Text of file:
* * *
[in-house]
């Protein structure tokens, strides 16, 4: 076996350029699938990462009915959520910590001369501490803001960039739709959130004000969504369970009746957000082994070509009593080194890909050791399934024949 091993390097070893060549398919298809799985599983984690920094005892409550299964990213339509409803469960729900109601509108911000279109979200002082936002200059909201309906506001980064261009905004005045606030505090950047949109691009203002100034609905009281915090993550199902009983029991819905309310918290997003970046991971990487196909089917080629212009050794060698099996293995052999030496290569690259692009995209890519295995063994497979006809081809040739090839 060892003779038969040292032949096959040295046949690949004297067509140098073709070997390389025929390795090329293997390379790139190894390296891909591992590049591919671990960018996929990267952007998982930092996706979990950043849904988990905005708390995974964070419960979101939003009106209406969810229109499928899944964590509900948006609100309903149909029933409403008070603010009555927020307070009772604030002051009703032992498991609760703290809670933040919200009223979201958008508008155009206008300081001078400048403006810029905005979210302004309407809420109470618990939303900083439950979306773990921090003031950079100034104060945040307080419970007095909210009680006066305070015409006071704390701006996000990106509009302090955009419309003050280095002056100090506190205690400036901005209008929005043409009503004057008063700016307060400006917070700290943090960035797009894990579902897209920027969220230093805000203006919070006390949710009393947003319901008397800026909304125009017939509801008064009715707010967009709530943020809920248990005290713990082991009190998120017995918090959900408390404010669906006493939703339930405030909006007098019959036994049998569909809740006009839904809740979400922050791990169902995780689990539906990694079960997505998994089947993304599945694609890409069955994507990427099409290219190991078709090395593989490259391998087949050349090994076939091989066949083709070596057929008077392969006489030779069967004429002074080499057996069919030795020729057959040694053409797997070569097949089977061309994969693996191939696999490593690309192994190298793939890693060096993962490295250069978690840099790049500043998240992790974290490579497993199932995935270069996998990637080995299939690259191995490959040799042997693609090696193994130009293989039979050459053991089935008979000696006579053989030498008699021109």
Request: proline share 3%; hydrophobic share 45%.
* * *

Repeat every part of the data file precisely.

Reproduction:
[in-house]
């Protein structure tokens, strides 16, 4: 076996350029699938990462009915959520910590001369501490803001960039739709959130004000969504369970009746957000082994070509009593080194890909050791399934024949 091993390097070893060549398919298809799985599983984690920094005892409550299964990213339509409803469960729900109601509108911000279109979200002082936002200059909201309906506001980064261009905004005045606030505090950047949109691009203002100034609905009281915090993550199902009983029991819905309310918290997003970046991971990487196909089917080629212009050794060698099996293995052999030496290569690259692009995209890519295995063994497979006809081809040739090839 060892003779038969040292032949096959040295046949690949004297067509140098073709070997390389025929390795090329293997390379790139190894390296891909591992590049591919671990960018996929990267952007998982930092996706979990950043849904988990905005708390995974964070419960979101939003009106209406969810229109499928899944964590509900948006609100309903149909029933409403008070603010009555927020307070009772604030002051009703032992498991609760703290809670933040919200009223979201958008508008155009206008300081001078400048403006810029905005979210302004309407809420109470618990939303900083439950979306773990921090003031950079100034104060945040307080419970007095909210009680006066305070015409006071704390701006996000990106509009302090955009419309003050280095002056100090506190205690400036901005209008929005043409009503004057008063700016307060400006917070700290943090960035797009894990579902897209920027969220230093805000203006919070006390949710009393947003319901008397800026909304125009017939509801008064009715707010967009709530943020809920248990005290713990082991009190998120017995918090959900408390404010669906006493939703339930405030909006007098019959036994049998569909809740006009839904809740979400922050791990169902995780689990539906990694079960997505998994089947993304599945694609890409069955994507990427099409290219190991078709090395593989490259391998087949050349090994076939091989066949083709070596057929008077392969006489030779069967004429002074080499057996069919030795020729057959040694053409797997070569097949089977061309994969693996191939696999490593690309192994190298793939890693060096993962490295250069978690840099790049500043998240992790974290490579497993199932995935270069996998990637080995299939690259191995490959040799042997693609090696193994130009293989039979050459053991089935008979000696006579053989030498008699021109």
Request: proline share 3%; hydrophobic share 45%.